3. We added more detail to the demand criteria to provide clarity on how applicants must demonstrate that there is a need for electricity

Supporting materials

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Some supporting materials may not be available online. If this is the case, you can request to view the materials in person.

Get in touch with the office listed below to find out if materials are available.

Client Services and Permissions Branch
Address

135 St. Clair Avenue West
1st Floor
Toronto, ON
M4V 1P5
Canada

Office phone number

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Original proposal

ERO number
013-3800
Notice type
Regulation
Act
Environmental Protection Act, R.S.O. 1990
Posted by
Ministry of the Environment and Climate Change
Proposal posted

Comment period

December 4, 2018 - January 18, 2019 (45 days)

Proposal details

Description of Regulation

Renewable energy in Ontario

In Ontario, you need a renewable energy approval for large wind, solar or bio-energy projects.

The Renewable Energy Approvals Regulation (Ontario Regulation 359/09) outlines criteria for applicants to get a renewable energy approval.

The Independent Electricity System Operator operates the electricity market and directs the operation of the electrical system in the province. Their recent system planning work shows that Ontario has enough electricity resources for the near future.

On July 13, 2018, the Minister of Energy, Northern Development and Mines directed the Independent Electricity System Operator to wind down 758 renewable energy projects that had not yet reached significant development milestones. They did this as the benefits to ratepayers of winding down the contracts outweighed the associated costs.

The Independent Electricity System Operator is also conducting an electricity market renewal initiative. This initiative:

  • should provide market signals for any future investments needed in Ontario’s electricity system
  • may include opportunities for renewable energy resources to be purchased in a way that ensures value to Ontario electricity ratepayers and the electricity system

Renewable energy approvals and the environment

Renewable energy projects (as with all construction and human activity) may impact the environment.

Projects could impact:

  • natural heritage (e.g.animals, birds, insects, trees, and vegetation)
  • noise
  • groundwater
  • surface water

We require project developers to reduce these effects through the renewable energy approvals process so that the benefits of the energy outweigh the impacts to the environment.

Proposed regulation amendment

This proposal reflects the government's position that because Ontario is in a strong supply situation, renewable energy projects should not proceed unless the project developer can show that there is a demand for the electricity, even where potential impacts are reduced.

This regulatory amendment would affect future renewable energy approval applicants and those whose applications are under review when the regulation comes into force.

It would not affect:

  • renewable energy approvals that have already been issued unless certain amendments are required, or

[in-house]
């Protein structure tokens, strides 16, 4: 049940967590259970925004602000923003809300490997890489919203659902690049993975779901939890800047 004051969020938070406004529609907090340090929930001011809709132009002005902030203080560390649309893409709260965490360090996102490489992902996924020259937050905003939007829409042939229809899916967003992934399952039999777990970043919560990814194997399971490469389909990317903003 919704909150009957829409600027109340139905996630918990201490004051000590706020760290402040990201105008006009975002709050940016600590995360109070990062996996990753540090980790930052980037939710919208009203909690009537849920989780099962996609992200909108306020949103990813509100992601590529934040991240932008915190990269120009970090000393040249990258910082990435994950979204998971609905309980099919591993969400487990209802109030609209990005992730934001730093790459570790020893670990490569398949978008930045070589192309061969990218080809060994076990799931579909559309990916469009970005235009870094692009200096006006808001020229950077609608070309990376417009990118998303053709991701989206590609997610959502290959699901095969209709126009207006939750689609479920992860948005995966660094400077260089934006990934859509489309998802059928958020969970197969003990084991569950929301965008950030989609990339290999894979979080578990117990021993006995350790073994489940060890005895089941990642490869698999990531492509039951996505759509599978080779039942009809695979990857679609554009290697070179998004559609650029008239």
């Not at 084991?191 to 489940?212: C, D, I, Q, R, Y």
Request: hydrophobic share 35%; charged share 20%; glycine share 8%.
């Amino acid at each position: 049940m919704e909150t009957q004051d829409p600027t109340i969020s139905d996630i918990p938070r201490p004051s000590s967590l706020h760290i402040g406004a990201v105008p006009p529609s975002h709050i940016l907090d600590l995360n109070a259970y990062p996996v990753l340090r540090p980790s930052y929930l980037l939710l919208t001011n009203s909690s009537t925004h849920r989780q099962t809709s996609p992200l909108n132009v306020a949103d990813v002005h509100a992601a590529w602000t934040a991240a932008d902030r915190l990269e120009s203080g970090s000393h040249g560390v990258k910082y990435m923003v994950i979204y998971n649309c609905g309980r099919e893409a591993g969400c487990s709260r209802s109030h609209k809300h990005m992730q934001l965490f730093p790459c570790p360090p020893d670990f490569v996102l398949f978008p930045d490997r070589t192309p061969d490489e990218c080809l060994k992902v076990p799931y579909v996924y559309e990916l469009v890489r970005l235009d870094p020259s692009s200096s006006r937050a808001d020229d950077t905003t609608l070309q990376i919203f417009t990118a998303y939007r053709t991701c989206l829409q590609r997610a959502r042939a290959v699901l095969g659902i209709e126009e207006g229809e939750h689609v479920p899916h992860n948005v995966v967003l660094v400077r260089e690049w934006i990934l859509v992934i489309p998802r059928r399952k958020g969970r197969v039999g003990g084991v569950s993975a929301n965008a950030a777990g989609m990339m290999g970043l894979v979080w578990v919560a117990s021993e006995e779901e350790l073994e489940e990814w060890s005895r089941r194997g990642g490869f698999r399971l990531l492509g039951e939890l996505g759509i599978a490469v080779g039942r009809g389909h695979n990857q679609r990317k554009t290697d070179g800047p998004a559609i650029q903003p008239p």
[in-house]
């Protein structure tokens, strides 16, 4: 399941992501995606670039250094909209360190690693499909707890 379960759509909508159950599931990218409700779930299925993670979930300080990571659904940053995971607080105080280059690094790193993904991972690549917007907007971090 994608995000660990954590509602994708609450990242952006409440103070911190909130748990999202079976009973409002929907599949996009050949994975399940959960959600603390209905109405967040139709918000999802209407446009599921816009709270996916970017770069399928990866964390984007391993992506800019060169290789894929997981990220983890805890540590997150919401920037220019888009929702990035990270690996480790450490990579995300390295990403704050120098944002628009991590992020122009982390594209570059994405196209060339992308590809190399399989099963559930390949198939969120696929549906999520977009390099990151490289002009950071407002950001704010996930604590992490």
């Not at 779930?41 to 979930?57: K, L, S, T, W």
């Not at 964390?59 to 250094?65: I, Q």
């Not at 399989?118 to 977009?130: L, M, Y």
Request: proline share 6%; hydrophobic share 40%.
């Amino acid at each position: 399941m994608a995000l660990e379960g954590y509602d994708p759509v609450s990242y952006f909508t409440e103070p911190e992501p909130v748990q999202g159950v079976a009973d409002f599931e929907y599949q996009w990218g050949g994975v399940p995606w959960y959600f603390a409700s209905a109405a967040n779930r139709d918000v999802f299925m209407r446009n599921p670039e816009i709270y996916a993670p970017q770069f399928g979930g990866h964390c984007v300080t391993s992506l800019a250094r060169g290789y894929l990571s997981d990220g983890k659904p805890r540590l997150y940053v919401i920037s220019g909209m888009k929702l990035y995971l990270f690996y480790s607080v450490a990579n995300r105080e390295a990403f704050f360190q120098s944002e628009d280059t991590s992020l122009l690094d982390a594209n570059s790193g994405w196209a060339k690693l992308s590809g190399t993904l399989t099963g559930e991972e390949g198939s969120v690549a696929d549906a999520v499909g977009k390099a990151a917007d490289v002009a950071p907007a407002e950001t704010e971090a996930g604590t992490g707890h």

• renewable energy projects that do not require a renewable energy approval

Draft criteria for demonstrating demand

We are proposing that in order to be issued a renewable energy approval, proponents must demonstrate demand by submitting documentation showing that they meet one or more of the following criteria:

  • having an agreement to supply electricity to one or more persons. This would include having a contract with the Independent Electricity System Operator
  • proposing to generate the electricity for their own use
  • having a net-metering agreement with their local distribution company
  • proposing to sell the electricity generated at market rates in the Independent Electricity System Operator-administered market

These criteria would also apply when a project is being changed if there is both:

  • an increase in the facility’s nameplate capacity, and
  • a change to the infrastructure or equipment at the facility

Demand would need to be shown only for the new capacity.

Purpose of Regulation

This proposal would require a project developer to show that there is a demand for the electricity they will generate in order to get a renewable energy approval.

The proposed approach is consistent with our government's decision to wind down long-term contracts for electricity that the system does not need at this time.

Other Information

Proposed Green Energy Repeal Act, 2018

The Ministry of Energy, Northern Development and Mines introduced the Green Energy Repeal Act, 2018. If passed, the act would:

  • repeal the Green Energy Act, 2009
  • make amendments to other existing legislation with the goal of helping consumers lower their energy costs.

If passed, the act would also amend the:

  • Environmental Protection Act – to enhance the government’s authority to prohibit issuing renewable energy approvals, including when the demand for the electricity has not been demonstrated
  • Planning Act – to restore municipalities’ planning authority related to siting renewable energy generation facilities.

We are consulting on a separate proposal to add further eligibility criteria to the Renewable Energy Approvals Regulation to align with the restoration of municipal authority under the Planning Act

Supporting materials

View materials in person

Some supporting materials may not be available online. If this is the case, you can request to view the materials in person.

Get in touch with the office listed below to find out if materials are available.

Client Services and Permissions Branch
Address

135 St. Clair Avenue West
1st Floor
Toronto, ON
M4V 1P5
Canada

Office phone number

Comment

Commenting is now closed.

This consultation was open from December 4, 2018
to January 18, 2019